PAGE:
Short Skirt Butch: Poly, Break-ups and Indentity Explored

“Personally, I have never been in a triad relationship,” reveals playwright Lee-Anne Poole, creator of Short Skirt Butch. “But as someone who is generally polyamorous in my relationships I find the dynamic pretty darn fascinating. Relationships can be hard and complicated. Feelings are complicated. Non-monogamist relationships are often viewed as even more complex. Then taking three people on equal footing in a relationship, a triad, I thought that dynamic could bring a lot of interesting and heightened emotions to the character."

Opening this weekend as part of Atlantic Fringe Festival, Short Skirt Butch is a one-person play about Jean, the dumped ‘third’ of a poly triad relationship. Taking place one year after the break up, Jean confesses to the audience all of the things she did after it happened. “She does go a little crazy, it's fun to laugh at, as I think a lot of people can identify with these kind of thoughts...though hopefully don't act on them. She stalks, she breaks back into the home and steal a special sex toy, etc.”

While Short Skirt Butch centres on a character who has been in a poly relationship, it is not entirely intended to be about that dynamic. Instead it is about what the character of Jean is going through post-relationship. That relationship was strong, but unhealthy and Lee-Anne suggests it is definitely not one to base a new relationship on.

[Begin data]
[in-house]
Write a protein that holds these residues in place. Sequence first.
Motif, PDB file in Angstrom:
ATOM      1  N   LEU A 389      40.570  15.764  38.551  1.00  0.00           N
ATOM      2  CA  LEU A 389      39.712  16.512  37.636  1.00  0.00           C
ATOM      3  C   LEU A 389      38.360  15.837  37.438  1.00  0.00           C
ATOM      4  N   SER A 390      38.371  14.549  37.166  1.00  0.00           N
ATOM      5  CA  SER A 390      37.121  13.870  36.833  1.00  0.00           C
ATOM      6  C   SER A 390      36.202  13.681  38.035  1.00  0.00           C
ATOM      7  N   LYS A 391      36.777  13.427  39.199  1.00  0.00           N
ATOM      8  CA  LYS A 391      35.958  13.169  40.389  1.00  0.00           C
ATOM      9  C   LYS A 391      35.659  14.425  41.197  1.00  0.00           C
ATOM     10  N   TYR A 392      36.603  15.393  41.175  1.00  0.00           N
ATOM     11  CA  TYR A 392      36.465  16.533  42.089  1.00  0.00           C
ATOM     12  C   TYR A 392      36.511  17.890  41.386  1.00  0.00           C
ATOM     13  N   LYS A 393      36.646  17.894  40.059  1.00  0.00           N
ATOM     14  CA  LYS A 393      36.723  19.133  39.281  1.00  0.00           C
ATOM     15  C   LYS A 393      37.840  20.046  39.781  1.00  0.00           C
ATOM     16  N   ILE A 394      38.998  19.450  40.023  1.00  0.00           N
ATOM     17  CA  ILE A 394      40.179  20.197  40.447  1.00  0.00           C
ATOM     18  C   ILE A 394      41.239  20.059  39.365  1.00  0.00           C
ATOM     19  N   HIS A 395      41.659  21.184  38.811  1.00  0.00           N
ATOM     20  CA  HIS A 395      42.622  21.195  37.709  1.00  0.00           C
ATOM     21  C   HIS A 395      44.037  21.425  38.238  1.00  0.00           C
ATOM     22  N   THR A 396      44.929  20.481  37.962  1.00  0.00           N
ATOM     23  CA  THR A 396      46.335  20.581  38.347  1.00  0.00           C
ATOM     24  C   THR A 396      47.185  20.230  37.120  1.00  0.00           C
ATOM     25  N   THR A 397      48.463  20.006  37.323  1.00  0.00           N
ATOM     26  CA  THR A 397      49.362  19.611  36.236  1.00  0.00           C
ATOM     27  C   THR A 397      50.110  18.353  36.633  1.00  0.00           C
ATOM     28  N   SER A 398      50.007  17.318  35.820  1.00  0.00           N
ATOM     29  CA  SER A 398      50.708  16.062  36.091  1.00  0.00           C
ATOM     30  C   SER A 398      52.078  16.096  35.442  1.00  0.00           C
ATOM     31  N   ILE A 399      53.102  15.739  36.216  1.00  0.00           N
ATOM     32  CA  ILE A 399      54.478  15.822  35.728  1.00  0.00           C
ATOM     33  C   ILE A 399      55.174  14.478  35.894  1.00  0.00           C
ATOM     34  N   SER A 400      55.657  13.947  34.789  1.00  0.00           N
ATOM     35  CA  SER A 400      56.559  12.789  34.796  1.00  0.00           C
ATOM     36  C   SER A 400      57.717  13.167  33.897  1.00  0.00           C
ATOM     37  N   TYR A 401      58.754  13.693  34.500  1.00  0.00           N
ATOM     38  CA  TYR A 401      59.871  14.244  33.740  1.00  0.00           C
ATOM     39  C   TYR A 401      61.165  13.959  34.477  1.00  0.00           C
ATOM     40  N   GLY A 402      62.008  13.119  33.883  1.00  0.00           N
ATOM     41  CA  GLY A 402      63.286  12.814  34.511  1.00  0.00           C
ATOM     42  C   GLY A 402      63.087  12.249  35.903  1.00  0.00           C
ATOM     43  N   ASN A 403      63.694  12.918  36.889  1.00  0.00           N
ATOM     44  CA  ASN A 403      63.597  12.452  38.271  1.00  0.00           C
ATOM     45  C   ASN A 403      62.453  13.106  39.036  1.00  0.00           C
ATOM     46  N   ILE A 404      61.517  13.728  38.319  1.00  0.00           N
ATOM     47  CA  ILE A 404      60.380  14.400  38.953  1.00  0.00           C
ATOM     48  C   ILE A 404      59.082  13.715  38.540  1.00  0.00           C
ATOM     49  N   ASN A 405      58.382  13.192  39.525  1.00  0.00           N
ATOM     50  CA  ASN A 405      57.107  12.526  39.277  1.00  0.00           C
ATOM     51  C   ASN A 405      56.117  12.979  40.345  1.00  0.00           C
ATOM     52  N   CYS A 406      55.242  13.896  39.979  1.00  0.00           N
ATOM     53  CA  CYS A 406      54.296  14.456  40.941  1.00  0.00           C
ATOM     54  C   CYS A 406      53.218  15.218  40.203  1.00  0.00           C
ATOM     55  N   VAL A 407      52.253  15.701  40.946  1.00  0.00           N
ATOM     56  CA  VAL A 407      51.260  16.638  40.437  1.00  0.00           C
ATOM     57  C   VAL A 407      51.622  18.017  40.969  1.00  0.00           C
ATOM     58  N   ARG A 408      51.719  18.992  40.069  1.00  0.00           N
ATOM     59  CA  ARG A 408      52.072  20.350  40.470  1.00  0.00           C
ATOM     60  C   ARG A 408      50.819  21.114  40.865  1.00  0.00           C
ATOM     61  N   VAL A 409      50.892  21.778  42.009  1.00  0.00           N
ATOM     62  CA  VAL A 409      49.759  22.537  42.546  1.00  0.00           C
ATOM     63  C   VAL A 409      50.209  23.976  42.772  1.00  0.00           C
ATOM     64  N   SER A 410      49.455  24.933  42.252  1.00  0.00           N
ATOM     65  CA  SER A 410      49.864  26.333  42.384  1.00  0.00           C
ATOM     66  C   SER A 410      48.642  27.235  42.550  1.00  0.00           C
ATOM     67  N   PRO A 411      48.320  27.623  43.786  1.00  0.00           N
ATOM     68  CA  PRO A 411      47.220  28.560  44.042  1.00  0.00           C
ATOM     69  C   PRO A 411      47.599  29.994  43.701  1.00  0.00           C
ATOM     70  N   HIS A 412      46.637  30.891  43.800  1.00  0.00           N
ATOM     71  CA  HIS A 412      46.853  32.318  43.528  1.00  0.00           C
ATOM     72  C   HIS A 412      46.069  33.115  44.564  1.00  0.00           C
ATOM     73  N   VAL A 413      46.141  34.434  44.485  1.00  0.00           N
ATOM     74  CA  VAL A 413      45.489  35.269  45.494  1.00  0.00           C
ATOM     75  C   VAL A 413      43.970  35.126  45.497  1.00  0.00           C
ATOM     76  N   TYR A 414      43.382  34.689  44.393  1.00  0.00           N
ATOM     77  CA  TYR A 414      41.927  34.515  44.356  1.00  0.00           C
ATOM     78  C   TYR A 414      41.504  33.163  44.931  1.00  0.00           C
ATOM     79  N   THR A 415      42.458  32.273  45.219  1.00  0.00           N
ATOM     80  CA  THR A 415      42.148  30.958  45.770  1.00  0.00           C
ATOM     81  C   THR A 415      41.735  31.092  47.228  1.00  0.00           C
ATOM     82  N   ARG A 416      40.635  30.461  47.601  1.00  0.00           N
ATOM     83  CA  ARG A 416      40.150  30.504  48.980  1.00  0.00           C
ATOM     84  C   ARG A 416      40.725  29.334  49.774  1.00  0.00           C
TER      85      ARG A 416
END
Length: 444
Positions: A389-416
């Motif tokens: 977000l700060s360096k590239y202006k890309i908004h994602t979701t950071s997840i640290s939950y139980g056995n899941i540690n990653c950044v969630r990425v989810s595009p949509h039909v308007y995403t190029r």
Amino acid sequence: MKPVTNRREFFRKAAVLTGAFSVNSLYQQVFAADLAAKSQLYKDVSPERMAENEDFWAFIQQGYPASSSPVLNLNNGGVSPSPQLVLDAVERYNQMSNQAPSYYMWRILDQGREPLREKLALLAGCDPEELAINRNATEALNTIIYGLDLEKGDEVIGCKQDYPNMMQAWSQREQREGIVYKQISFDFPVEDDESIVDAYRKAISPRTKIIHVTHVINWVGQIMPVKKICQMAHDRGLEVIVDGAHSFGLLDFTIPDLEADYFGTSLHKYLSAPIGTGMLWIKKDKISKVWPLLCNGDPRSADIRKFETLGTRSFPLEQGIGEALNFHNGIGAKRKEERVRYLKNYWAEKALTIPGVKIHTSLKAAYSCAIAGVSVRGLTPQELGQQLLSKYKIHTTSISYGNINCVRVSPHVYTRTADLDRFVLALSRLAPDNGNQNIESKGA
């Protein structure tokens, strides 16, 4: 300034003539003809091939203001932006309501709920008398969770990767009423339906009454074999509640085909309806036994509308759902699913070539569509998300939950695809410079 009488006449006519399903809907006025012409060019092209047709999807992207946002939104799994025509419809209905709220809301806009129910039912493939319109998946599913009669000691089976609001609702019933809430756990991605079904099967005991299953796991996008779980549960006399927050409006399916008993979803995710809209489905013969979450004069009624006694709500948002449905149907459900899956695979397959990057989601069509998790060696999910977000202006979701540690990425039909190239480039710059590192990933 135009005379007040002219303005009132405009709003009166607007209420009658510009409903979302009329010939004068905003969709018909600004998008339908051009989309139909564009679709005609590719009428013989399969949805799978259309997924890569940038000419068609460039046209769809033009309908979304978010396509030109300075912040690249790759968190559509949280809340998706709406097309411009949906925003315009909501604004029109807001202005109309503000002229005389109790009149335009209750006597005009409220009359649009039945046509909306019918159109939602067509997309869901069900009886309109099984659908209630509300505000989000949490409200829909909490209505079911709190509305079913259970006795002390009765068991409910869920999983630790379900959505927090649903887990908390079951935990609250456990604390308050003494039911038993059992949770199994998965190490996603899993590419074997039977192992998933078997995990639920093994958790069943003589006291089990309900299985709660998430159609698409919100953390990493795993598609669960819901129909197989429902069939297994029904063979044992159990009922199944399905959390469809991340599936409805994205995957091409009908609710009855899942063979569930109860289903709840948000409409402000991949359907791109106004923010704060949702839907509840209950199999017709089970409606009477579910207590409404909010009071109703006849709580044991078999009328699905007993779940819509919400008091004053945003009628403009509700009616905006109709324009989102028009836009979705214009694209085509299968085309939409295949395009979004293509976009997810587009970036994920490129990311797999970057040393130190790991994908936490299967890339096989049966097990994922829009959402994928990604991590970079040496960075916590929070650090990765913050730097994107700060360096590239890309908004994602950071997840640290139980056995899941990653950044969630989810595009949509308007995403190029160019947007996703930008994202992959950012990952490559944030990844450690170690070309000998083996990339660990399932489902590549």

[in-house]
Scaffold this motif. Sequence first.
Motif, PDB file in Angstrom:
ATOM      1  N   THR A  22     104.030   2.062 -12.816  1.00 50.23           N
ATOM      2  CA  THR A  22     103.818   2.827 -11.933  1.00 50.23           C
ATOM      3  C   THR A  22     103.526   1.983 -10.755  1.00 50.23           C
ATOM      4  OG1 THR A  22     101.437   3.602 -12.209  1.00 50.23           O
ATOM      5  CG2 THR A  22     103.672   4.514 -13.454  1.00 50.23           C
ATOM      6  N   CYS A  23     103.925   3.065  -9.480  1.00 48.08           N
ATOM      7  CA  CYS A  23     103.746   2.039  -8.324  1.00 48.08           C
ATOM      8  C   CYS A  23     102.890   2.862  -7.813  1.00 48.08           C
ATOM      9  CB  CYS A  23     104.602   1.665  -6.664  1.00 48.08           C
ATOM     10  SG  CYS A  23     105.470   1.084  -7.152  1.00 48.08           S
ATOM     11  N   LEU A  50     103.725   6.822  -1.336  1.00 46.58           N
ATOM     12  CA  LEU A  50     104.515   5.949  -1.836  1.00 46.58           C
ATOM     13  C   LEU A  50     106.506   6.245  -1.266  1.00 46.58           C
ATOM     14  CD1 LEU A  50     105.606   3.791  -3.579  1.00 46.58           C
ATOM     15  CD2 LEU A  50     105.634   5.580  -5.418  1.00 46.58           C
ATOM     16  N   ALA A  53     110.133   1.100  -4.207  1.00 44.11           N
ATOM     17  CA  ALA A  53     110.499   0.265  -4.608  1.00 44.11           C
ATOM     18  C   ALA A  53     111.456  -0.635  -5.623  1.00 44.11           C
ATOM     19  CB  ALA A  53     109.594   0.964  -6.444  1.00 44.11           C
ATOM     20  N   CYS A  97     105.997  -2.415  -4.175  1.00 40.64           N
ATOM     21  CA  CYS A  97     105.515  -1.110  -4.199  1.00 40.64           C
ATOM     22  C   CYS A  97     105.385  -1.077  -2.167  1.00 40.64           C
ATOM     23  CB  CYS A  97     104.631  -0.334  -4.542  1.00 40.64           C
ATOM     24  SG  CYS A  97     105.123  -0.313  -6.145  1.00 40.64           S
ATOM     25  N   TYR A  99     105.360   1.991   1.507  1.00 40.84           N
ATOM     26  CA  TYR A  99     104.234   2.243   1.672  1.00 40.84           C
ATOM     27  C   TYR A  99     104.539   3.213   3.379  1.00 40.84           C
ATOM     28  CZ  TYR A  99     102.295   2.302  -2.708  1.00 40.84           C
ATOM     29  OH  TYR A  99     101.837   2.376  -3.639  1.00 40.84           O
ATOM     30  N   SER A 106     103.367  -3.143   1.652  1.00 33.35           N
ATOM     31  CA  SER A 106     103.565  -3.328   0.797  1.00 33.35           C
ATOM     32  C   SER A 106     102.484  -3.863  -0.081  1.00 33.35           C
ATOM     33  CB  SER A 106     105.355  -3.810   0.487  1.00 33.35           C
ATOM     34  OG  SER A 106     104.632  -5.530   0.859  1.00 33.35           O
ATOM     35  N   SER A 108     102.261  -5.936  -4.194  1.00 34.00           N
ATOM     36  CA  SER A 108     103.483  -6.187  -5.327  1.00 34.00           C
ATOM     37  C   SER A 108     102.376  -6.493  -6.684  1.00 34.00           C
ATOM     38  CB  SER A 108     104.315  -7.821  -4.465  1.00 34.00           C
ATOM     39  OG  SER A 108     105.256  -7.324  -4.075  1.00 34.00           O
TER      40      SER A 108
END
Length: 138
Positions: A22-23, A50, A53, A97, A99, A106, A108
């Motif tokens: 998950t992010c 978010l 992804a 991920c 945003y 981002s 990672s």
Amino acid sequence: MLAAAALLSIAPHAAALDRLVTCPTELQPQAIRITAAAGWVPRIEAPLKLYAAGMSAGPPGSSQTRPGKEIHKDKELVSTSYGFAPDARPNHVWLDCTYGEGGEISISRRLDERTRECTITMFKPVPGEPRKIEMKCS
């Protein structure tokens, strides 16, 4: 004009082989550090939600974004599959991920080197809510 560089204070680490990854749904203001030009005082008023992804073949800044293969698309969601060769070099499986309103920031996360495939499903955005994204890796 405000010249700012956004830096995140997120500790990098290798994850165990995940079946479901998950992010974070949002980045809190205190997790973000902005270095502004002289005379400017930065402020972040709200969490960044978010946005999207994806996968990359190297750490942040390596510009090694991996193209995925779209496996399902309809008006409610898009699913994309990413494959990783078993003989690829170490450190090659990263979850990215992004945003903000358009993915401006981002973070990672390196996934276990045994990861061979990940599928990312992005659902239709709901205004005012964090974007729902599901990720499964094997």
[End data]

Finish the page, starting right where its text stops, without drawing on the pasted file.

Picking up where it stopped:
Throughout the struggle that Jean endures, another emerges in the play—that of her identity. Despite there being so many labels that can be affixed based on sexuality, look, preference and attitude, those labels are often, ultimately, limiting and not representative of a person’s true feeling.

“The title came out of a conversation I had about a year ago,” Poole relates. “Making fun of terms, and terms I didn't really like for myself even though by definition they might seem to fit me (bisexual, femme, ex.) and short skirt butch came out of that conversation as a solution. All in fun. Really, I just simply define myself as queer (even though, queer, isn't really that simple). In the play Jean goes through all of the words that she has used to describe herself at one time or another. Lesbian, bisexual, lipstick lesbian, baby dyke, tranny chaser, etc. She settles on Short Skirt Butch.”

"I love femmes. But I hate femme, I’m not one. I’m gross, I spit. I take much less time getting ready than most of the butches I know. I’m not really sure what masculinity or femininity is, but...and maybe this is just a little lady phobia on my part. But, I don’t like being a lady. Like a lady, lady. Short skirt butch."
-Jean, 'Short Skirt Butch'

Ultimately, despite the stalker stories, the differing relationship and personal identities, Lee-Anne believes that Jean is a character we can all identify with. “I think Jean is someone people will be able to relate to in one way or another. No matter what kind of relationship you are in, how many people are involved, sexually open or closed, heartbreak is heartbreak. And It's horrible. And it drives us a little mad sometimes.”

Short Skirt Butch opens Friday September 2 as part of Atlantic Fringe Festival.